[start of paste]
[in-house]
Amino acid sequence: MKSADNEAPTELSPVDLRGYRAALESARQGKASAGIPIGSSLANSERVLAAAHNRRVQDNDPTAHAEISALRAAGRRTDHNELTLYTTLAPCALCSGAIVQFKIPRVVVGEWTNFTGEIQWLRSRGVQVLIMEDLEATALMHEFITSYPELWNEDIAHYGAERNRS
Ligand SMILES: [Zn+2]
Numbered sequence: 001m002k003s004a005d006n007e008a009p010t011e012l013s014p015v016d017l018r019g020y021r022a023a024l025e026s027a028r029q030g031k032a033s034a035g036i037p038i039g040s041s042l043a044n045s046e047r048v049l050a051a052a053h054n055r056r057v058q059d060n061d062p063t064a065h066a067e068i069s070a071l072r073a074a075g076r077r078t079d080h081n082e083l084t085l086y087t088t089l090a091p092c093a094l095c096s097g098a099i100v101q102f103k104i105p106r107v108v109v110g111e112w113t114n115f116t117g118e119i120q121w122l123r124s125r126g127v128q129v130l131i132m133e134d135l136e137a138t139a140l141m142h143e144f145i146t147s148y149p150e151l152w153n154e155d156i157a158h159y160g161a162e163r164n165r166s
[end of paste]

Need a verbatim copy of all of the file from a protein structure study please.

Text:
[in-house]
Amino acid sequence: MKSADNEAPTELSPVDLRGYRAALESARQGKASAGIPIGSSLANSERVLAAAHNRRVQDNDPTAHAEISALRAAGRRTDHNELTLYTTLAPCALCSGAIVQFKIPRVVVGEWTNFTGEIQWLRSRGVQVLIMEDLEATALMHEFITSYPELWNEDIAHYGAERNRS
Ligand SMILES: [Zn+2]
Numbered sequence: 001m002k003s004a005d006n007e008a009p010t011e012l013s014p015v016d017l018r019g020y021r022a023a024l025e026s027a028r029q030g031k032a033s034a035g036i037p038i039g040s041s042l043a044n045s046e047r048v049l050a051a052a053h054n055r056r057v058q059d060n061d062p063t064a065h066a067e068i069s070a071l072r073a074a075g076r077r078t079d080h081n082e083l084t085l086y087t088t089l090a091p092c093a094l095c096s097g098a099i100v101q102f103k104i105p106r107v108v109v110g111e112w113t114n115f116t117g118e119i120q121w122l123r124s125r126g127v128q129v130l131i132m133e134d135l136e137a138t139a140l141m142h143e144f145i146t147s148y149p150e151l152w153n154e155d156i157a158h159y160g161a162e163r164n165r166s